contract with one another and then proceed to unilaterally
disregard provisions out of convenience, like the one at issue
here, would allow parties to simply return to their respective
countries in order to avoid any contractual obligations. As aptly
noted by [Rockefeller Asia] in its opposition, this would
essentially result in anarchy and turn the entire international
arbitration law on its head. . . . Furthermore, this court cannot
find (and [SinoType] has not provided) any case law that would
indicate parties are not permitted to contractually select
alternative means of service and thus they are not able to waive
the service provisions within the Hague Convention.”
Finally, the court said, “assuming for the sake of argument
that somehow [Rockefeller Asia] was actually required to serve
the Summons and Petition in this action upon [SinoType] in the
manner suggested by [SinoType] (to wit, vis-a-vis the protocols
established by the Chinese government), once [SinoType] was
‘served’ with the Summons and Petition in the manner which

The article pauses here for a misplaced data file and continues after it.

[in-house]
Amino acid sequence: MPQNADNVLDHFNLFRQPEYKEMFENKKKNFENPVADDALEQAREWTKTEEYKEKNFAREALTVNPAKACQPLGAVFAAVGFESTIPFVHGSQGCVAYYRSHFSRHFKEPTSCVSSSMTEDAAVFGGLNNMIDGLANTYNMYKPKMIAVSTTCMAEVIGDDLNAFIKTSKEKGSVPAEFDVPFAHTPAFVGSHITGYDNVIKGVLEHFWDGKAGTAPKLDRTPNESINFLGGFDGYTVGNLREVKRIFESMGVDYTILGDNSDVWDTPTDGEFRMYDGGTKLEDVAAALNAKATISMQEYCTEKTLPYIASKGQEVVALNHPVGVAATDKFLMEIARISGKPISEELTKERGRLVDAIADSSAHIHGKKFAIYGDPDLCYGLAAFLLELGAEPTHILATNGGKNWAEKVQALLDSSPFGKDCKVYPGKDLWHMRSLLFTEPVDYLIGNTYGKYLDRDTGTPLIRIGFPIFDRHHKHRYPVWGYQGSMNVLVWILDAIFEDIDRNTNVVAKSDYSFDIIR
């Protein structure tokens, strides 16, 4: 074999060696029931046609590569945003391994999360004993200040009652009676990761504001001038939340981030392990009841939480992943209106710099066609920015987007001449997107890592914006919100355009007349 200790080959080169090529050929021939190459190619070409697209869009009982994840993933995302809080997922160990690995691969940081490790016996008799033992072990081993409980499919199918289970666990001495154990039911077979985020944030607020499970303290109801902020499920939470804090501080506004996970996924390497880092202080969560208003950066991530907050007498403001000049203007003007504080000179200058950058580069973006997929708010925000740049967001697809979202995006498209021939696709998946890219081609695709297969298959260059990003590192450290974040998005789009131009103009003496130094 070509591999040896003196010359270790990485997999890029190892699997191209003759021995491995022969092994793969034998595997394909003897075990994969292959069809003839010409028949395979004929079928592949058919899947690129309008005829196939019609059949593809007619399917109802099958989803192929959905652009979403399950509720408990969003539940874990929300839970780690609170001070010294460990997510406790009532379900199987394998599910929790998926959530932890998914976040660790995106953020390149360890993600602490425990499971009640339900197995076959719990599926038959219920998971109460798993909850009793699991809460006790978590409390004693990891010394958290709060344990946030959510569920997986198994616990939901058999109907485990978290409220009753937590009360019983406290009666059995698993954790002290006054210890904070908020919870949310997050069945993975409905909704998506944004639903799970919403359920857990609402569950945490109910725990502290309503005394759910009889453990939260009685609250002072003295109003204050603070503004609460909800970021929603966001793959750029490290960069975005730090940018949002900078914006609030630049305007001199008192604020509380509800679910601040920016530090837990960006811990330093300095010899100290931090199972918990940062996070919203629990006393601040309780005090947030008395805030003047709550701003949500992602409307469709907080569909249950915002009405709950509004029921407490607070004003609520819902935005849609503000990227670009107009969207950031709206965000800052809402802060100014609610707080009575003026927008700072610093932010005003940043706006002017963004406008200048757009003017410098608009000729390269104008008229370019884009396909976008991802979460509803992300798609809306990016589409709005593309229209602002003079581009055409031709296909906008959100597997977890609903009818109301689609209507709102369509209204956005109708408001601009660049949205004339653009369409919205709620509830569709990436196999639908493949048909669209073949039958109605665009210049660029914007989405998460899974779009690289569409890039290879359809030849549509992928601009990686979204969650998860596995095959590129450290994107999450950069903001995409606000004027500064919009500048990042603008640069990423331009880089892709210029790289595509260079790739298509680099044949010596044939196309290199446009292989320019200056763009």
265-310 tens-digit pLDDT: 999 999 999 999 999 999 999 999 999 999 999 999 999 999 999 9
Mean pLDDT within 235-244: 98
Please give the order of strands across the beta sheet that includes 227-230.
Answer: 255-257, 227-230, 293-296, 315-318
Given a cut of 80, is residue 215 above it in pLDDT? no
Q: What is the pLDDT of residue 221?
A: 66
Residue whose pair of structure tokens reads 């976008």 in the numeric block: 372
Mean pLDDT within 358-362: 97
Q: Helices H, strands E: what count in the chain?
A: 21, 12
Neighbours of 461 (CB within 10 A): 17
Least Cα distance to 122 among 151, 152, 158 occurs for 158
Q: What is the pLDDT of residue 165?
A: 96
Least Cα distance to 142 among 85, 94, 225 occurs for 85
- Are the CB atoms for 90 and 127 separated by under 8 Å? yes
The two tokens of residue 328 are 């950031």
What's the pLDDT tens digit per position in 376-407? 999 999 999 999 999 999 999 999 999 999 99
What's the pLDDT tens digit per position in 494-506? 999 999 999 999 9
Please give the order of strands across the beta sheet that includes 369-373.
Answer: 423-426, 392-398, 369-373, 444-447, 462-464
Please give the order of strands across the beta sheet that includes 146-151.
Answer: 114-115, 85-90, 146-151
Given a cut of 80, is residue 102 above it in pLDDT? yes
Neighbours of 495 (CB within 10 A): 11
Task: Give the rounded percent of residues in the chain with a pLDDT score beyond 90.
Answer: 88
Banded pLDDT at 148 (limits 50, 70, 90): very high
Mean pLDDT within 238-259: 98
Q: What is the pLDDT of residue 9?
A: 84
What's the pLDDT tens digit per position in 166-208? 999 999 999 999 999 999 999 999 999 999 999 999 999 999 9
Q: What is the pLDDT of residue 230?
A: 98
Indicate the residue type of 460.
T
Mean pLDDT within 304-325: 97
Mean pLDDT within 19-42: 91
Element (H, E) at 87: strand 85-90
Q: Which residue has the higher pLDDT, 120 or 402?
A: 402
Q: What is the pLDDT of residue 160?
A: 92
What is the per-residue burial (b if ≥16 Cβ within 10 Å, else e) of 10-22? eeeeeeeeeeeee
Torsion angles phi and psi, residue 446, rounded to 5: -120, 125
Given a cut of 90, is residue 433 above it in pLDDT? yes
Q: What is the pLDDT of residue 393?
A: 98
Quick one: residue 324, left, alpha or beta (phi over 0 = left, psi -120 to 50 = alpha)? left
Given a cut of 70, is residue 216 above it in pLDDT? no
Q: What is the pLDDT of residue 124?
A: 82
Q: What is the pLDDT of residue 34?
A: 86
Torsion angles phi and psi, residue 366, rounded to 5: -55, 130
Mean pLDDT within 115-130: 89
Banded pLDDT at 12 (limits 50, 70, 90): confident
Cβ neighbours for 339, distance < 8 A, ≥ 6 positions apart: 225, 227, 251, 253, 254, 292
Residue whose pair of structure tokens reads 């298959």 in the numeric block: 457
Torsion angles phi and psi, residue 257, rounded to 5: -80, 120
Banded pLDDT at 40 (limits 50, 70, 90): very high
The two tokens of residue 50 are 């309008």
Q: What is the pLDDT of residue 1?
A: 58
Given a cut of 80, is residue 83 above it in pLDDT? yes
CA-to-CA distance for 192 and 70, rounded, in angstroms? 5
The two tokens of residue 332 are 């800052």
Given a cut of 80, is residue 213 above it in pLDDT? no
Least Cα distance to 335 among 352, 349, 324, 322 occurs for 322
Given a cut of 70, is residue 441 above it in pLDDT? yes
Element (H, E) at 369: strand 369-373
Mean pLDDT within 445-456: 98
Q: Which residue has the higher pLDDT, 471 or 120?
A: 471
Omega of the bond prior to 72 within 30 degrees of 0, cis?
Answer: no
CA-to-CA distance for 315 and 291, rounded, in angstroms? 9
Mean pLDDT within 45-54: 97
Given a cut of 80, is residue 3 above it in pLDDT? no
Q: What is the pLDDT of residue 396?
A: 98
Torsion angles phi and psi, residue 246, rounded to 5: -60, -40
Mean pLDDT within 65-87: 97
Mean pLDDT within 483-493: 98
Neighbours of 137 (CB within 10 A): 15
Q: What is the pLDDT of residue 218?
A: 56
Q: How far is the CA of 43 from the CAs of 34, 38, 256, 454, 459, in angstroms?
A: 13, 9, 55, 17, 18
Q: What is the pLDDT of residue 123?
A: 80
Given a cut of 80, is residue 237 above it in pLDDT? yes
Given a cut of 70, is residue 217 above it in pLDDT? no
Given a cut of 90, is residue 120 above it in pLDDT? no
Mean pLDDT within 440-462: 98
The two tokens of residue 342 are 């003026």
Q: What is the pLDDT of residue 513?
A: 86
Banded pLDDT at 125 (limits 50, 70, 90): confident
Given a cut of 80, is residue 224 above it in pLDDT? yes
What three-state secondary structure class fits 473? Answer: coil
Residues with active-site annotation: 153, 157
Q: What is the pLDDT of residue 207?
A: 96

actually occurred in this case it had an obligation do something –
to do exactly what it is doing now – to specially appear and to file
a motion to quash. This is what is called acting with ‘diligence.’
. . . [¶] The law is well settled that if a party is seeking to obtain
relief from this court’s equitable powers, it must act with
reasonable diligence. [Citations.] Thus, to the extent that
[SinoType] is also seeking to have this court exercise its broad
equitable powers to grant the requested relief, under the totality
of the circumstances it respectfully declines to grant such
equitable relief due to the lack of reasonable diligence by the
defendant in seeking relief . . . .”
SinoType timely appealed from the order denying the
motion to set aside the judgment.4

4 SinoType has filed a request for judicial notice in
connection with this appeal. Such notice is available in the trial
court “and, independently, in the Court of Appeal (Evid. Code,
§ 459) which is not bound by the trial court’s determination.”
(Volkswagenwerk Aktiengesellschaft v. Superior Court (1981)
123 Cal.App.3d 840, 852, superseded on other grounds as stated
in American Home Assurance Co. v. Societe Commerciale
Toutelectric (2002) 104 Cal.App.4th 406, 409.) We grant the
request as to the Hague Service Convention and articles 260 and
261 of the Civil Procedure Law of the People’s Republic of China
(exhibits 3, 4, and 5), and otherwise deny it. (See Noergaard v.
Noergaard (2015) 244 Cal.App.4th 76, 81, fn. 1 [judicial notice of
Hague Convention]; Societe Civile Succession Richard Guino v.